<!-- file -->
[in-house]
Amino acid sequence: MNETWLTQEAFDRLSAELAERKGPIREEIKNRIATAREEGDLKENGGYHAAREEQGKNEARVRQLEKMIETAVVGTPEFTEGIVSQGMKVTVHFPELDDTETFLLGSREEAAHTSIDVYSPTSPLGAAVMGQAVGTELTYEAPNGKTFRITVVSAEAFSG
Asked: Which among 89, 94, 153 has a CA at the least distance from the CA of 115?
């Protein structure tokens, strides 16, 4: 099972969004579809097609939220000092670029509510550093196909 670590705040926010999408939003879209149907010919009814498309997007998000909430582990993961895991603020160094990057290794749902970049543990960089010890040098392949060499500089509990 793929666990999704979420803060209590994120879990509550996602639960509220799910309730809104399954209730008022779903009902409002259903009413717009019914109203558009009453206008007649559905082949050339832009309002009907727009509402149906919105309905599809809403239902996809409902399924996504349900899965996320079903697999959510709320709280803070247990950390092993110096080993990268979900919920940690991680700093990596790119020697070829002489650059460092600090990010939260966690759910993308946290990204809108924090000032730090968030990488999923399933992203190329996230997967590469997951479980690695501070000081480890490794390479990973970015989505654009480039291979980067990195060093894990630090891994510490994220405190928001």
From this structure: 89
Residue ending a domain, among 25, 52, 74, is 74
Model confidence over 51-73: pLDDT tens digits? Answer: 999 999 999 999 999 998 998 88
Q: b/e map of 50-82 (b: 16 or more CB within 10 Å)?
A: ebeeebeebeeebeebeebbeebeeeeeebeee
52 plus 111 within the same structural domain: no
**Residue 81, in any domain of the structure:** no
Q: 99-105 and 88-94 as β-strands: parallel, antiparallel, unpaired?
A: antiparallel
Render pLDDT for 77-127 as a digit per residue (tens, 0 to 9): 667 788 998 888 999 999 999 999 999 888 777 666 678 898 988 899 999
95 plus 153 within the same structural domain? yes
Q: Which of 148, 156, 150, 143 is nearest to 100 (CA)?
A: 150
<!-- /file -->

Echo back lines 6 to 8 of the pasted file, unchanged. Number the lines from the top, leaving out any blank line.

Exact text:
Residue ending a domain, among 25, 52, 74, is 74
Model confidence over 51-73: pLDDT tens digits? Answer: 999 999 999 999 999 998 998 88
Q: b/e map of 50-82 (b: 16 or more CB within 10 Å)?